Exactech Inc. (Exactech) began as a company in 1985 and focuses on developing products for joint replacement. Many of Exactech’s products are used for ankle, knee and hip arthroplasty (surgery to repair or replace a joint in the human body).
Many of Exactech’s joint replacement products have performed well and improved the lives of patients. But over the last fear years, Exactech has learned from multiple studies that some of its ankle, knee and hip products can suffer from premature wear or other problems. Many of these issues could result in the need for patients to undergo revision surgery to replace the device and repair any damage it may have caused to the bone and/or soft tissue.
Exactech has initiated various recalls in response to these problems. The purpose of this blog post is to provide a brief overview of which products have been affected, what’s wrong with these products and what you can do if you’ve had one implanted into your body.
Which Exactech Products Are Subject to Recall?
Currently, Exactech’s hip, ankle and knee joint replacement products are having problems. Based on the issues associated with the artificial joints, the recall has been organized into two groups.
The first group involves the knee and ankle polyethylene liners and inserts. The exact products can be found on Exactech’s website, but include products marketed under the following names:
- OPTETRAK Logic®
If your ankle or knee replacement surgery uses any of these products and it was manufactured in 2004 or later, there’s a good chance you could be affected.
The second group relates to hip polyethylene liners. The affected products are available for review on Exactech’s webpage, but most involve the Connexion GXL branded acetabular polyethylene liners.
What’s Wrong with the Exactech Knee and Ankle Liners and Inserts?
These liners are made out of ultra-high molecular weight polyethylene, or UHMWPE. This requires them to be packaged in special oxygen-resistant vacuum bags.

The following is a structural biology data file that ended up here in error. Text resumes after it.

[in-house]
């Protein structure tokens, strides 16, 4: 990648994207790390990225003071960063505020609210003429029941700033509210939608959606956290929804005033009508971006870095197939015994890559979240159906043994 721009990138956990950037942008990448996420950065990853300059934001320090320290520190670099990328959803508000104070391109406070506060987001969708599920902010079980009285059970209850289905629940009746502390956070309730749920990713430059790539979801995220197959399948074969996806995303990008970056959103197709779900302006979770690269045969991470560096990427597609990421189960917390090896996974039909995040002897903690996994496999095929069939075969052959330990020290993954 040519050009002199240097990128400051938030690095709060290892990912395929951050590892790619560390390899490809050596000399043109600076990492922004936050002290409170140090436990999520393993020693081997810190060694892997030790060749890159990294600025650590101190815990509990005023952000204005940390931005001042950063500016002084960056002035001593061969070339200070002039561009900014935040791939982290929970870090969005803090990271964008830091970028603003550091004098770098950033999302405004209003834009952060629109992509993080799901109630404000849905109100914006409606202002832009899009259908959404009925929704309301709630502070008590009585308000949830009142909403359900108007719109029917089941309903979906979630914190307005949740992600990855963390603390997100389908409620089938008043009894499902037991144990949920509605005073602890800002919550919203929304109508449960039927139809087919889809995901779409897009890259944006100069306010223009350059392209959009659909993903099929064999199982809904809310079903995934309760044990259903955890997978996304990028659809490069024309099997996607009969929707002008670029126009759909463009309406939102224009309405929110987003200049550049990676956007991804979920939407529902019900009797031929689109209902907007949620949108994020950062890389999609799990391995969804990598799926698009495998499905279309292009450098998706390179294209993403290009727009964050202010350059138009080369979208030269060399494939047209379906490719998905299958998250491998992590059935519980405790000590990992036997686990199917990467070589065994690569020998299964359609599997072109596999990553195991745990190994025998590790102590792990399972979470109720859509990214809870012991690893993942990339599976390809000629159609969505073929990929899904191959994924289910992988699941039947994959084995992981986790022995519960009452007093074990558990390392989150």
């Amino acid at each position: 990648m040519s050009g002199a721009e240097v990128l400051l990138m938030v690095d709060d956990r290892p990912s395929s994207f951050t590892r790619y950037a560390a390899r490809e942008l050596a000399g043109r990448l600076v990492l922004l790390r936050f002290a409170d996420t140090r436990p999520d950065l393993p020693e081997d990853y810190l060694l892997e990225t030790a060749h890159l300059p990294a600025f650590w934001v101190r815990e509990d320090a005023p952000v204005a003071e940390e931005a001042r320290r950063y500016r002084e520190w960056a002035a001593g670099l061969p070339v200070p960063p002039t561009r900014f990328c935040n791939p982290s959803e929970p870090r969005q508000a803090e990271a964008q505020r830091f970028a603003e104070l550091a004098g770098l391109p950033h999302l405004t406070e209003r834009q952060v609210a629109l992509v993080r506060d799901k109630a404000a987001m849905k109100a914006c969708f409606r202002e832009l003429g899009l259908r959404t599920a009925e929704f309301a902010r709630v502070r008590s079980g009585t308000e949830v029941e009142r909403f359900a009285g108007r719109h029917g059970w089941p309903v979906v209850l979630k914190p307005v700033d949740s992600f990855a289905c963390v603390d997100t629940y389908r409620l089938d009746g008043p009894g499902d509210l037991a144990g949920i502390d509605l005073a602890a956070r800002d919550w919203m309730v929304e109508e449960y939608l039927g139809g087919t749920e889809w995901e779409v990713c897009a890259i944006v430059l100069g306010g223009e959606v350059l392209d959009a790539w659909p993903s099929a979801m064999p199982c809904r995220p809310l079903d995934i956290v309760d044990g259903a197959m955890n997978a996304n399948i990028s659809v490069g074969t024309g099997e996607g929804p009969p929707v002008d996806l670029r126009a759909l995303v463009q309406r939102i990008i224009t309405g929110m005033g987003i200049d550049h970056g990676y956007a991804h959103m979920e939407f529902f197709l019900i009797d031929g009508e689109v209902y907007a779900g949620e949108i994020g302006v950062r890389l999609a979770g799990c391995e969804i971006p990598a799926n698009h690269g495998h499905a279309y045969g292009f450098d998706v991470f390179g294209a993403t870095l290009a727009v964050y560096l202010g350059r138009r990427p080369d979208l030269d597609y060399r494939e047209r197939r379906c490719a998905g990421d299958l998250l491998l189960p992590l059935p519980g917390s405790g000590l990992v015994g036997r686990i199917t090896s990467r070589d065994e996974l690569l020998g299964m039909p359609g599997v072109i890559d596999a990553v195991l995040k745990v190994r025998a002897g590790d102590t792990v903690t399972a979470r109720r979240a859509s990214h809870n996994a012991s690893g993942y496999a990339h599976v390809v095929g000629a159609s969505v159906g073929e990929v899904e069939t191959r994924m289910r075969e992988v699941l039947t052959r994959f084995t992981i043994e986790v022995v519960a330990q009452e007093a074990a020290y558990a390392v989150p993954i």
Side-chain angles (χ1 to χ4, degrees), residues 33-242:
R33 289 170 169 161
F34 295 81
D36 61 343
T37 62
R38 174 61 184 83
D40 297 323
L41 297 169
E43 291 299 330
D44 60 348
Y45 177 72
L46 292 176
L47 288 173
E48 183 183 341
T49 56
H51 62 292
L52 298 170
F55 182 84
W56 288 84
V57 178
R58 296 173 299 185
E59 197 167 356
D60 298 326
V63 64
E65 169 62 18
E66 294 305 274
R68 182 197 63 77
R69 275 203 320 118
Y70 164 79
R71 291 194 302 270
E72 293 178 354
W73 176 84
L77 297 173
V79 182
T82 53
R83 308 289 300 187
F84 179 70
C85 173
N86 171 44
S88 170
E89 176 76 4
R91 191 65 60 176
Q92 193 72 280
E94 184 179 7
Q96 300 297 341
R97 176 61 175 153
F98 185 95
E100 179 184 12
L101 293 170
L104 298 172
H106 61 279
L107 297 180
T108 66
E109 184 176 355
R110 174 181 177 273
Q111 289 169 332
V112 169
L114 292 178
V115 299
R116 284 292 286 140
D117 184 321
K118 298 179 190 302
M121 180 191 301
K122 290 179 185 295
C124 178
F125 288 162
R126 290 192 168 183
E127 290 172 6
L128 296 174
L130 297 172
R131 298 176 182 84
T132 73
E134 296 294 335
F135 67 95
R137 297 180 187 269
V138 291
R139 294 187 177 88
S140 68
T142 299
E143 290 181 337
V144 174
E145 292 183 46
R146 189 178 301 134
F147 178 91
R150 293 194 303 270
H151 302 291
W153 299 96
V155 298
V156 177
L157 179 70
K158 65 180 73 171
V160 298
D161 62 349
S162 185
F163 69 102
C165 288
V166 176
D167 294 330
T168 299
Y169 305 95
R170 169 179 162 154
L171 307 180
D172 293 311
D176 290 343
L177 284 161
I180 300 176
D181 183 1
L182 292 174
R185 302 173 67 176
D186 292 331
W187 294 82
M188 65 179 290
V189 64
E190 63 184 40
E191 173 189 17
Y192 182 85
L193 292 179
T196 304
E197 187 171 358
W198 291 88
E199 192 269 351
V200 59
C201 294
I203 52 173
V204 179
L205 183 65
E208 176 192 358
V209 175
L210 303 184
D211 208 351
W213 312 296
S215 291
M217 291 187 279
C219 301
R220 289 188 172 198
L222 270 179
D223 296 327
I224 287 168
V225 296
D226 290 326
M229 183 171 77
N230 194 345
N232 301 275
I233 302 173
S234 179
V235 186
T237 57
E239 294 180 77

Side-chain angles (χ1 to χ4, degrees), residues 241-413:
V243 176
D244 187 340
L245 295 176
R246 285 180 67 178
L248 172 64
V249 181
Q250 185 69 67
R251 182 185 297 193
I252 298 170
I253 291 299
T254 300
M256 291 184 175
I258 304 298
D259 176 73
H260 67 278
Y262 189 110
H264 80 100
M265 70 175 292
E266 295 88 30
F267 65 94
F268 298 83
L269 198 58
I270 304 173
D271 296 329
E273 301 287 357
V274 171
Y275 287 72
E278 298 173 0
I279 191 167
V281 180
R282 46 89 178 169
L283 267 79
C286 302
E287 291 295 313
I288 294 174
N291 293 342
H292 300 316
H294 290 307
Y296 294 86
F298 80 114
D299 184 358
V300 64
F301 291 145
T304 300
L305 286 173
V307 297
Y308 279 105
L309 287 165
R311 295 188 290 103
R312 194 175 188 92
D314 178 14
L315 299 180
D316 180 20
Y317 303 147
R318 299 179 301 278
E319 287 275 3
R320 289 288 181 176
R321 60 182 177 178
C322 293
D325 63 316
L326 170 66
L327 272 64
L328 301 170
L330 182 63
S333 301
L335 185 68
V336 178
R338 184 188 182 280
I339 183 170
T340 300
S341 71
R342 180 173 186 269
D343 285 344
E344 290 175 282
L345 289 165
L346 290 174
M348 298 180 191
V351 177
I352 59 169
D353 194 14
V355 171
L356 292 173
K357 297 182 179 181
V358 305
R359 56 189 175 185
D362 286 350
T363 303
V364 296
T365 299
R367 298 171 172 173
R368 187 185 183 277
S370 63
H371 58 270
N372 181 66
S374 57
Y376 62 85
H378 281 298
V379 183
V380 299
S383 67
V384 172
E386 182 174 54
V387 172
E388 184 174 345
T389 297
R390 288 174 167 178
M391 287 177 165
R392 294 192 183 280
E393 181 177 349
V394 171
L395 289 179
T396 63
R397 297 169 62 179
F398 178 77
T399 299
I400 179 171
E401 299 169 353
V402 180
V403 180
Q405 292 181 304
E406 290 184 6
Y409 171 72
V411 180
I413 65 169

Unfortunately, the packaging lacked a secondary barrier containing ethylene vinyl alcohol. Without this special ingredient, the insufficient packaging allowed the insert or liner to become exposed to a higher-than-expected amount of oxygen. This could lead to excessive oxidation of the UHMWPE. This can dramatically degrade the physical integrity of the knee or ankle liner or inert. Problems that could arise after joint replacement surgery include:
- Higher-than-expected wear debris in the joint.
- Bone loss
- Fracturing or cracking of the artificial knee or ankle joint.
What’s Wrong with the Exactech Hip Liners?
Unlike the problem with Exactech’s ankle and knee products, the hip acetabular liner issue doesn’t relate to packaging. However, the hip liner is made out of the same ultra-high molecular weight polyethylene, or UHMWPE.
It’s not believed that the UHMWPE was negatively affected by excessive oxygen exposure before use. But there’s still a concern in the form of premature wear of the polyethylene liner. This has caused a variety of problems in patients, such as:
- Destruction of bone tissue (osteolysis)
- Limited mobility or range of motion
Not all patients have been affected the same way. Most patients suffering from problems received their hip surgeries about three to six years ago. And problems with the polyethylene hip liners seem to be more common in those who are more physically active and/or received hip replacements that use larger femoral heads and thinner acetabular liners.
What You Should Do If You Think You’ve Been Affected by the Recall
The first thing you should do is contact your doctor. You should reach out to her or him even if you’re not experiencing any problems with your ankle, knee or hip replacement. Your doctor can confirm if you’ve received an Exactech artificial joint that’s been recalled. Your doctor can also properly assess your condition and help you decide what your next steps should be from a medical standpoint.
Depending on what you and your doctor find, revision surgery may be needed. You may also have legal options, including filing a lawsuit. Only after contacting an attorney can you know if you have a case against Exactech and what your potential legal remedies could be.
Exactech is also accepting claims relating to the recall. However, it’s a good idea to first talk to your doctor and have an initial consultation with a lawyer before agreeing to any claims reimbursement from Exactech. You can call me at 919.546.8788 to discuss your potential case, or another attorney you trust. Good luck.